Setting the Stage

Over the past few weeks, several of the urban fantasy writers I follow on social media have been visiting places they’ve written about or intend to set stories in. I’m enjoying watching them post their pictures and make observations on some of the quirky names and fun tidbits they are finding as they wander.

I realize it’s not always feasible to travel to the places that we want to write about – that whole money and time thing always comes back to bite. (Thank goodness for the internet!) But when authors do get the chance to sound out the locale of their books in person, I can’t help but feel it adds to the vitality of the story.

I have never quite decided which side of the fight over “which is more important – character or plot” I come down on. While a story without plot is boring and arguably not a story at all, the tales I reread have vivid characters who keep drawing me back to think about them and how they resolved the conflicts they faced. It boils down to — strong plot engages me once; characters engage me repeatedly.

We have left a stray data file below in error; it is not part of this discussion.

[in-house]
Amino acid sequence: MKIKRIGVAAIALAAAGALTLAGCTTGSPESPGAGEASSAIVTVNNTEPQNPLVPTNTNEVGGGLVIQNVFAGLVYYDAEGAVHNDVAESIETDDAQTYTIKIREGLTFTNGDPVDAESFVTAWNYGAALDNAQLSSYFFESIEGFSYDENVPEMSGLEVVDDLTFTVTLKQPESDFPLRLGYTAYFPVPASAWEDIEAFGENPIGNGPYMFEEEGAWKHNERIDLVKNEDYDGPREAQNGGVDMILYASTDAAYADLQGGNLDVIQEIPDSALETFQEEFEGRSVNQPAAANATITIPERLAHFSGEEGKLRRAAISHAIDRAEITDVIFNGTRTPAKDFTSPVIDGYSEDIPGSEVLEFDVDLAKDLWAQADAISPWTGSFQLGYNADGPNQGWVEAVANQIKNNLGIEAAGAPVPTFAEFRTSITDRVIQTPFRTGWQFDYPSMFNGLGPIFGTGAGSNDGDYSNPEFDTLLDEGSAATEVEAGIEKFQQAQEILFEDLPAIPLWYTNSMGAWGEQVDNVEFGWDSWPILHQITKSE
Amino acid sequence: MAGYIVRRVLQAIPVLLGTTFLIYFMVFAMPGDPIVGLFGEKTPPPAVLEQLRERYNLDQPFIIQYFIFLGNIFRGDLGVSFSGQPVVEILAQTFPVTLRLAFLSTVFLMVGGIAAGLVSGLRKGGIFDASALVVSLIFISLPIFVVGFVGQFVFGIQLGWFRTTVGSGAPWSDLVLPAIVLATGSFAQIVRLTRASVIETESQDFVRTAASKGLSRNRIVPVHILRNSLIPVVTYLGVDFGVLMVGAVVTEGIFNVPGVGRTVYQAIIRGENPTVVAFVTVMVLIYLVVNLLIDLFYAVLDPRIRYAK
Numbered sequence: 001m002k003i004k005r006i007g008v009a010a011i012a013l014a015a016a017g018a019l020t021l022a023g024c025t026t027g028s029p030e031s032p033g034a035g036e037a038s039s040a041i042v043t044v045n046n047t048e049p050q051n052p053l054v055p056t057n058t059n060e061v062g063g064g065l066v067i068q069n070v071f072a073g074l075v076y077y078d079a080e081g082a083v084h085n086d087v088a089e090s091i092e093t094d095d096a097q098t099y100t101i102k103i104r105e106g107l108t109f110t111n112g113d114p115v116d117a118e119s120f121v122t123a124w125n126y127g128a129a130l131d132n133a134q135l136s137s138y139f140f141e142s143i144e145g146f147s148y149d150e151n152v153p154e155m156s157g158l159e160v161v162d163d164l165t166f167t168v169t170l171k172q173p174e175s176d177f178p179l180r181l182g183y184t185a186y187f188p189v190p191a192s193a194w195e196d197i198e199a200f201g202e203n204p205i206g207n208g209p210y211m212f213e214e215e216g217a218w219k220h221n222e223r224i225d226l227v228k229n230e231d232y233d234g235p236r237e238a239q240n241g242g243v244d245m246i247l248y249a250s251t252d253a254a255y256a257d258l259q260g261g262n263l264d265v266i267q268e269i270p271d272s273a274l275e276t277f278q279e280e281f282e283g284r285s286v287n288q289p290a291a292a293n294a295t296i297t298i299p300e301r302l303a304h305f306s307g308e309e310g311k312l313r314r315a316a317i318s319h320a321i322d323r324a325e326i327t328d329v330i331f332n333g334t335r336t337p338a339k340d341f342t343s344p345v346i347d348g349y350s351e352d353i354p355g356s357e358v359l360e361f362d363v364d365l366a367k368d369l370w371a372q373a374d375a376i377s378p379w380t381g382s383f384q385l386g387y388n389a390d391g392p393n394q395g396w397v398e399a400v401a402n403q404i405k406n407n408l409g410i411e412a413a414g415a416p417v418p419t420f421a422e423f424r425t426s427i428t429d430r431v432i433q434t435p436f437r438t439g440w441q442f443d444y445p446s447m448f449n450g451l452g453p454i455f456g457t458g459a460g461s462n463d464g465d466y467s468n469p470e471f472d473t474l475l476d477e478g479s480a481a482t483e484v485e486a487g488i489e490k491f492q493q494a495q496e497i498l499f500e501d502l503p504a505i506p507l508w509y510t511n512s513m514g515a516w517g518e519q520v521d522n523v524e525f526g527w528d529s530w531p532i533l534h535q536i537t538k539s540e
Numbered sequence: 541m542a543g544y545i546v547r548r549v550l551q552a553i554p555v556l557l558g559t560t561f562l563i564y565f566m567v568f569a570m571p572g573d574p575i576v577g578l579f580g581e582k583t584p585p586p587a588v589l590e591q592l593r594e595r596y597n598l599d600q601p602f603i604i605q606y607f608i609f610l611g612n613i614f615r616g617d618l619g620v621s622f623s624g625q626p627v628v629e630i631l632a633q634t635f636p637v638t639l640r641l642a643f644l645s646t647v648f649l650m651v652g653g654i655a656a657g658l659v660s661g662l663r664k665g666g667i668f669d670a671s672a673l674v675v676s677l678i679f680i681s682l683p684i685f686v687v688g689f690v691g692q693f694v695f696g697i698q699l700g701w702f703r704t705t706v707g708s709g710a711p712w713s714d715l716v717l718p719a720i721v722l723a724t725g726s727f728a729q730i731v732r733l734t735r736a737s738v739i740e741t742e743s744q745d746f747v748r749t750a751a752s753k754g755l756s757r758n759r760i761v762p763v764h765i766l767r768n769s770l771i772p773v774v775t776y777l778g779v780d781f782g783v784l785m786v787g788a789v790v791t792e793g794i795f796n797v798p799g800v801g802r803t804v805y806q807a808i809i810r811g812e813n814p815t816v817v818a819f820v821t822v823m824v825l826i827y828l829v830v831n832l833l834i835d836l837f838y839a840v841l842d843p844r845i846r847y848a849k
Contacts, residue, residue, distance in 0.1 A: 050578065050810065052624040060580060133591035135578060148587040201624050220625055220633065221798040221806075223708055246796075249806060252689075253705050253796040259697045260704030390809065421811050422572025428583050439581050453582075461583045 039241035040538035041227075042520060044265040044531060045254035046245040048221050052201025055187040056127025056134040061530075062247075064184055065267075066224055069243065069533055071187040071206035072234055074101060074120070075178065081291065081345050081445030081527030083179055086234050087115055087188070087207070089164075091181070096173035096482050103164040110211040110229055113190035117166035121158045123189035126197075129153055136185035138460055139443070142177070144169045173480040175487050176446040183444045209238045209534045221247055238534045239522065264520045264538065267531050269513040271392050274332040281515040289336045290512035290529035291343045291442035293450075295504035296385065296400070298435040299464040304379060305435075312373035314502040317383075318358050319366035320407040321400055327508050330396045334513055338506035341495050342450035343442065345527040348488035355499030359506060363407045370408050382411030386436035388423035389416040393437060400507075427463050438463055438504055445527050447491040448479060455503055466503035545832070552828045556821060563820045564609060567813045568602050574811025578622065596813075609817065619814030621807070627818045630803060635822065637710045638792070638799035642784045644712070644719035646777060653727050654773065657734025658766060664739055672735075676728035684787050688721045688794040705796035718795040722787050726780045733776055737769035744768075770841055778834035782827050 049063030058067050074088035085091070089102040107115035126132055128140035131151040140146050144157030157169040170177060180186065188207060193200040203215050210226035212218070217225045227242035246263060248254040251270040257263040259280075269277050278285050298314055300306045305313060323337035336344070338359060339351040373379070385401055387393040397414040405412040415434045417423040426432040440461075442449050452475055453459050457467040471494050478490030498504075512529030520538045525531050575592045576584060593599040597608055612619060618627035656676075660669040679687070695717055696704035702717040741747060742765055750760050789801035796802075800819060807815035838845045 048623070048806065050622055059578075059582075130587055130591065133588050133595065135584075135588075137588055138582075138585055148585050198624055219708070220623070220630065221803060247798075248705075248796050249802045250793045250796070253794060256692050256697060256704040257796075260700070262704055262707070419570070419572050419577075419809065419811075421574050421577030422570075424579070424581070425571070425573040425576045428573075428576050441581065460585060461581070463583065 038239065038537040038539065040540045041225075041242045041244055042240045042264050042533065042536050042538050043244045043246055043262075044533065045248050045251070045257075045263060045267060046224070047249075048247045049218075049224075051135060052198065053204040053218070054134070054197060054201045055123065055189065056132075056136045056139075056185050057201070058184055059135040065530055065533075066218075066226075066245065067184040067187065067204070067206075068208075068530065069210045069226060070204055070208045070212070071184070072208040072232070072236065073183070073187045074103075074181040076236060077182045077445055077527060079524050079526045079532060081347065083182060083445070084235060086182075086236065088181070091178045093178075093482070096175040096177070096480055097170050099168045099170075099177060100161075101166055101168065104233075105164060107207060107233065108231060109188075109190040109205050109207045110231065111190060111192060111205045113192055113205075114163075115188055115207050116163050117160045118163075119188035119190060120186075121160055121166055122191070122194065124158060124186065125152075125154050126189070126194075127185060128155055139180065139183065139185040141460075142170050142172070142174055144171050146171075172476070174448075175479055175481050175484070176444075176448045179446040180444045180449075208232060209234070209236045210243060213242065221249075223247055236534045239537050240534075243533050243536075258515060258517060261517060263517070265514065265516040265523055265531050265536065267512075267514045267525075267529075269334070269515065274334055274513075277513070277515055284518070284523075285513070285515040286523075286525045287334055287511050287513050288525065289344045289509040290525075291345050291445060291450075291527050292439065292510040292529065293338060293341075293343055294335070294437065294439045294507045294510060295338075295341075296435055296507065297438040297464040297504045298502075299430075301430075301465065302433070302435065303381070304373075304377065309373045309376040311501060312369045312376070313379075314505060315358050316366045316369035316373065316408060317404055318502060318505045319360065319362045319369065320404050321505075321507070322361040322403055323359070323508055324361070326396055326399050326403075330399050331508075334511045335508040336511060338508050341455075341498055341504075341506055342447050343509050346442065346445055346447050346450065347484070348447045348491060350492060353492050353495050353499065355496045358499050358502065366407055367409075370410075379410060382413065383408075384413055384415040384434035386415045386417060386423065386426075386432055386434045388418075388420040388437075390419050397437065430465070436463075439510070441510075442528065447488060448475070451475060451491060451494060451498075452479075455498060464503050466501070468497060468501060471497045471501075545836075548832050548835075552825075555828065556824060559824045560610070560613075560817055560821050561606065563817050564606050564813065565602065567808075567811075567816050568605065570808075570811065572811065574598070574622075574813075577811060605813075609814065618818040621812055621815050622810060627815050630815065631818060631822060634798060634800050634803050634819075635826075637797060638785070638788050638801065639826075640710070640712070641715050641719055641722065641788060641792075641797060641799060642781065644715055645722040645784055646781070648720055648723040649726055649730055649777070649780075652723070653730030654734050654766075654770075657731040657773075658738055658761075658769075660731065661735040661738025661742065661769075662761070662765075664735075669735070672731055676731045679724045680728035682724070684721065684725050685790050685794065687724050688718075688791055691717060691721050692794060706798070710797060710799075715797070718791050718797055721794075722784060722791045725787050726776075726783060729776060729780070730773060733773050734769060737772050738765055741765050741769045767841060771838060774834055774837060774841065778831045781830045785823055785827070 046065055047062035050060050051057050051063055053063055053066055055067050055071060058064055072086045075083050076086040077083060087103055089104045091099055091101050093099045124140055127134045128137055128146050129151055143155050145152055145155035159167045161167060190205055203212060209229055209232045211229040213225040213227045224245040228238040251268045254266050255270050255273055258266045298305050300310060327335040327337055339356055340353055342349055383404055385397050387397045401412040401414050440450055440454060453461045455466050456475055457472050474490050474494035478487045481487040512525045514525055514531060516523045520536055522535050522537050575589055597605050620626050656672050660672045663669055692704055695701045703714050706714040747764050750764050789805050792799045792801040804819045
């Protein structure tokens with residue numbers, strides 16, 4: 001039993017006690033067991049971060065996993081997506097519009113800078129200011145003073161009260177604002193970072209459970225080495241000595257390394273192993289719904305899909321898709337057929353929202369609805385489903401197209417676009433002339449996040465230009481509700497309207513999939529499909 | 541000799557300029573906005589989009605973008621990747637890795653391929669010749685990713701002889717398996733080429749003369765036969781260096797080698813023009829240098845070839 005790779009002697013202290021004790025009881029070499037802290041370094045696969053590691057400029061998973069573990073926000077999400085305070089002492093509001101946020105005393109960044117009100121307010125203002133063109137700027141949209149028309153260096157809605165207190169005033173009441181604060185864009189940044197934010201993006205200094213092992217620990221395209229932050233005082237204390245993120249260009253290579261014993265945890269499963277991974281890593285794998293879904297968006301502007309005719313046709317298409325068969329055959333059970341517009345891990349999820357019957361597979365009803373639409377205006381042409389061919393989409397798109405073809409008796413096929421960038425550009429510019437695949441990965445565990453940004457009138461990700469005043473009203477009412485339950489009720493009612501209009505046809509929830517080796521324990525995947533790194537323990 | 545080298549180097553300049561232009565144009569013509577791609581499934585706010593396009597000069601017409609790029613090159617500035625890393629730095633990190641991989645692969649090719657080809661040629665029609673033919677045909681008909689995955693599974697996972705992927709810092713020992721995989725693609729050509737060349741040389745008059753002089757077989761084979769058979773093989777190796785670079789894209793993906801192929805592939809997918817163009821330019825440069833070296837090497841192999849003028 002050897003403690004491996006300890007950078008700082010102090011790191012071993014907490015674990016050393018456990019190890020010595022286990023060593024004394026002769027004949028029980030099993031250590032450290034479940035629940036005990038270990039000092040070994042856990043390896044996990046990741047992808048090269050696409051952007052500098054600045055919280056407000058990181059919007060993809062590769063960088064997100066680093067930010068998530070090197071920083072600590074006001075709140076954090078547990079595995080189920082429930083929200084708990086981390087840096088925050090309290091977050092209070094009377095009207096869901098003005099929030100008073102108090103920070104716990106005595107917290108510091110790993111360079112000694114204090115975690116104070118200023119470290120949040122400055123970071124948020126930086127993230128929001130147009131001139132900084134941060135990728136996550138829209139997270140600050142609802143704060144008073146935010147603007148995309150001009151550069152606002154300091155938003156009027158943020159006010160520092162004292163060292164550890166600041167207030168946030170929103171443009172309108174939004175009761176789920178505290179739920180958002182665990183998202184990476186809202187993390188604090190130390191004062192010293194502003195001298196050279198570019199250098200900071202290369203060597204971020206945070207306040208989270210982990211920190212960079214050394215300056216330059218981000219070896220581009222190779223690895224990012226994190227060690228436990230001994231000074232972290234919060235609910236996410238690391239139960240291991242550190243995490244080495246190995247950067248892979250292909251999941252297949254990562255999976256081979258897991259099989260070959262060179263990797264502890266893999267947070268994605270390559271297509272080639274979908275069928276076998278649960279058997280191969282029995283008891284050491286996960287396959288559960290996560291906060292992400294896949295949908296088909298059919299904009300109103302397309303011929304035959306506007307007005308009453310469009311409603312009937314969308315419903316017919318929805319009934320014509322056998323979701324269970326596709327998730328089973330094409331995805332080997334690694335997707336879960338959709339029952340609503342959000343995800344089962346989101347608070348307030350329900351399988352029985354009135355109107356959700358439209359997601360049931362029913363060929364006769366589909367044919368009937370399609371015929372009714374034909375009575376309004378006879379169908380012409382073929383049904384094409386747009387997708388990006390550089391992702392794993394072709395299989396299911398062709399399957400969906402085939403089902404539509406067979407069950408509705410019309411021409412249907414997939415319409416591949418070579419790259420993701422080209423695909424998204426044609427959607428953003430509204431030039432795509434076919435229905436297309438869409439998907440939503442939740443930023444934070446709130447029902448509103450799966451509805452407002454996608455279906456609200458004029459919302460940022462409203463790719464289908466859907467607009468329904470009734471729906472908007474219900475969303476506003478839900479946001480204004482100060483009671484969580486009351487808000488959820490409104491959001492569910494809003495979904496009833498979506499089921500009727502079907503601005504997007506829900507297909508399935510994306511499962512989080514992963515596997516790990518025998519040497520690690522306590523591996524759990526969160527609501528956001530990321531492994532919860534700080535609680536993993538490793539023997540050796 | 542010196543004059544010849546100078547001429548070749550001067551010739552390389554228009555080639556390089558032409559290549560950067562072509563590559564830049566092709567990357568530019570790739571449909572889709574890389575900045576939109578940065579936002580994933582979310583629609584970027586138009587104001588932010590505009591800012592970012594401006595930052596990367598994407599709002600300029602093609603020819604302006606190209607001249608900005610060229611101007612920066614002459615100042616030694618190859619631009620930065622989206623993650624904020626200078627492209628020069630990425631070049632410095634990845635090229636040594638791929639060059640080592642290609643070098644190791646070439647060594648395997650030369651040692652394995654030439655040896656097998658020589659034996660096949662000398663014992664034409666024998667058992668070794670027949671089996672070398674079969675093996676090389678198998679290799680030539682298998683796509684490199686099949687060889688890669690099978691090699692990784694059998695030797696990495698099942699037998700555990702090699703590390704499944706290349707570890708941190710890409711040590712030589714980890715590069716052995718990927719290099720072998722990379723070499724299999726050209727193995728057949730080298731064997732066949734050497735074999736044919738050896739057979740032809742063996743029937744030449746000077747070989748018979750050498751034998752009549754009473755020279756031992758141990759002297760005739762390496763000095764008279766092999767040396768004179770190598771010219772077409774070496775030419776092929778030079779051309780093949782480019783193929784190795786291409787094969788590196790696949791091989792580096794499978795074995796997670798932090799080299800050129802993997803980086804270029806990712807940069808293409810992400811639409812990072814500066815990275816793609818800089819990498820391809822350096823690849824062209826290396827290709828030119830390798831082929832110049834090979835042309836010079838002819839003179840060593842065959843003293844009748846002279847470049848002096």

Stories and characters don’t exist in a vacuum, however, and characters only fascinate me if the settings they inhabit are vivid or fresh. That doesn’t mean that the setting must be something brand new, just that the author’s voice must transport me to a place that I haven’t thought of in a particular way. I should have enough detail to believe I’m there.

Some argue that setting can be a character in its own right. I’m not sure that argument doesn’t do a disservice to the notion of character. After all, setting affects what the characters do, but so does the plot, and so does the conflict. Setting is its own domain and written properly can be a living, breathing aspect of the story that determines interactions among the characters of the book. Mostly, I expect it’s a moot argument. The important thing is that to create memorable stories, you usually need a strong sense of setting.

So take time to do that research. Visit places you’re writing about if they exist and you have the resources. If you can’t, do your internet research as well as possible. Andy Weir could hardly go to Mars, but I certainly thought I was on Mars while reading The Martian. If your world is pure fantasy, create the maps, the geography, and the history, but please share only the tip of the iceberg – thanks! Too much detail overwhelms.

Do you have a favorite author that uses setting particularly effectively?

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